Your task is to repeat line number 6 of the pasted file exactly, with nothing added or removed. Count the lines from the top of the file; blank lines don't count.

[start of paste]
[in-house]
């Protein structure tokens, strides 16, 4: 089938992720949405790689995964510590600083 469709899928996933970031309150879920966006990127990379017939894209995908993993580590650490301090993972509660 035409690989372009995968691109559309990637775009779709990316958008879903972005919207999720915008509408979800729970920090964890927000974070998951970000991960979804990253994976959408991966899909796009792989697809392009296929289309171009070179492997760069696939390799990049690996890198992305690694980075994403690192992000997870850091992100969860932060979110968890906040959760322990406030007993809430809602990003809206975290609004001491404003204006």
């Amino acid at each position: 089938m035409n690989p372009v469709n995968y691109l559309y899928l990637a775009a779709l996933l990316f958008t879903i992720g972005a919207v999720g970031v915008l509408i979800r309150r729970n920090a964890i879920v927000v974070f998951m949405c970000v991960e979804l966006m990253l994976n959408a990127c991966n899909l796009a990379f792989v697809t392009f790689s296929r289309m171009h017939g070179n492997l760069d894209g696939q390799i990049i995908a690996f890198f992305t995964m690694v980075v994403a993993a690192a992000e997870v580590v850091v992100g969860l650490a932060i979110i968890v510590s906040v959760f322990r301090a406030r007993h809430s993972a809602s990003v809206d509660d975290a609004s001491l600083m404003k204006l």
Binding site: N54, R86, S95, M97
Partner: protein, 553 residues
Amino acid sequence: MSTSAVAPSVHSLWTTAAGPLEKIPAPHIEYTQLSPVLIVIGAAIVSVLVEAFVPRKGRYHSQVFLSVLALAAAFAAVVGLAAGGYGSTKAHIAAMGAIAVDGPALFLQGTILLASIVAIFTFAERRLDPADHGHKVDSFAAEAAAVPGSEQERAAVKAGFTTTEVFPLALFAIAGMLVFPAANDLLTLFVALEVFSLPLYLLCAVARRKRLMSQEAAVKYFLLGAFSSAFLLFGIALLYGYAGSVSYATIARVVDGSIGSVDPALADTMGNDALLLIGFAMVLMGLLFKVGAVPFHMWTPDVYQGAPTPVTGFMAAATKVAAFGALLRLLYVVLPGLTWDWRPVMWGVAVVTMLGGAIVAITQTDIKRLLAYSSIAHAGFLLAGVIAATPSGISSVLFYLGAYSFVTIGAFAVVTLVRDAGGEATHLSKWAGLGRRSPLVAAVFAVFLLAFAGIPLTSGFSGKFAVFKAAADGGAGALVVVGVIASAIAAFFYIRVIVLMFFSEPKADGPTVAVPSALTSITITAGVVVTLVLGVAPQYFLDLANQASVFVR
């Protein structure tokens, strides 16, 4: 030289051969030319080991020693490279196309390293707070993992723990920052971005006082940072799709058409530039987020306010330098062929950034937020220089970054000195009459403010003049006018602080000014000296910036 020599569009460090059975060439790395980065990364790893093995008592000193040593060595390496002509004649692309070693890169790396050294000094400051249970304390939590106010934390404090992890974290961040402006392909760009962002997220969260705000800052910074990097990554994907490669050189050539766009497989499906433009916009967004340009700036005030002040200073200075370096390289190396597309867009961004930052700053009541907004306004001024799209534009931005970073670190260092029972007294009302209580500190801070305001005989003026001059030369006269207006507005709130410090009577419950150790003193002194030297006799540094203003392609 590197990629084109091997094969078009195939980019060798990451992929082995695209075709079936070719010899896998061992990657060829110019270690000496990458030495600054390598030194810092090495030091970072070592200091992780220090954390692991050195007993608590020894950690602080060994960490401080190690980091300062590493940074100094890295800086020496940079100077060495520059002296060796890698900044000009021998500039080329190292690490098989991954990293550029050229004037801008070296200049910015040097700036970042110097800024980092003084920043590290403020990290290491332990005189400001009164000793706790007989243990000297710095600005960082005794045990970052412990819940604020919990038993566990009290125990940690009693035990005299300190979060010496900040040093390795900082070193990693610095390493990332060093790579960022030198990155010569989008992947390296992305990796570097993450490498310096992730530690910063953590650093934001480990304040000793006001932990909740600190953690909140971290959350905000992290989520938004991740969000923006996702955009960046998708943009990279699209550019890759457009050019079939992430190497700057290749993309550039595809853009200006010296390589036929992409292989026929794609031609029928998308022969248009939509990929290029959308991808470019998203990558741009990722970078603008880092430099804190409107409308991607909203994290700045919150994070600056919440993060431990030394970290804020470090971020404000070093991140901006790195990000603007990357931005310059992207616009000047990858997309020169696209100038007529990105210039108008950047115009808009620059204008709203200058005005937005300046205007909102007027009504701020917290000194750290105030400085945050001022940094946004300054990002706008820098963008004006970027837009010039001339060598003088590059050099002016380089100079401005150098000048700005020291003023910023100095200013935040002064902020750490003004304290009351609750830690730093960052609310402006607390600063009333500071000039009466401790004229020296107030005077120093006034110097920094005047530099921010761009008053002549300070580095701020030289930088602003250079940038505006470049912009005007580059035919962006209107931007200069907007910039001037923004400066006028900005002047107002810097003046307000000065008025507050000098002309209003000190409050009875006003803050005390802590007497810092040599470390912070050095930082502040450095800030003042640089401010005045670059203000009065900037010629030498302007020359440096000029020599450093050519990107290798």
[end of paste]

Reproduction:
Amino acid sequence: MSTSAVAPSVHSLWTTAAGPLEKIPAPHIEYTQLSPVLIVIGAAIVSVLVEAFVPRKGRYHSQVFLSVLALAAAFAAVVGLAAGGYGSTKAHIAAMGAIAVDGPALFLQGTILLASIVAIFTFAERRLDPADHGHKVDSFAAEAAAVPGSEQERAAVKAGFTTTEVFPLALFAIAGMLVFPAANDLLTLFVALEVFSLPLYLLCAVARRKRLMSQEAAVKYFLLGAFSSAFLLFGIALLYGYAGSVSYATIARVVDGSIGSVDPALADTMGNDALLLIGFAMVLMGLLFKVGAVPFHMWTPDVYQGAPTPVTGFMAAATKVAAFGALLRLLYVVLPGLTWDWRPVMWGVAVVTMLGGAIVAITQTDIKRLLAYSSIAHAGFLLAGVIAATPSGISSVLFYLGAYSFVTIGAFAVVTLVRDAGGEATHLSKWAGLGRRSPLVAAVFAVFLLAFAGIPLTSGFSGKFAVFKAAADGGAGALVVVGVIASAIAAFFYIRVIVLMFFSEPKADGPTVAVPSALTSITITAGVVVTLVLGVAPQYFLDLANQASVFVR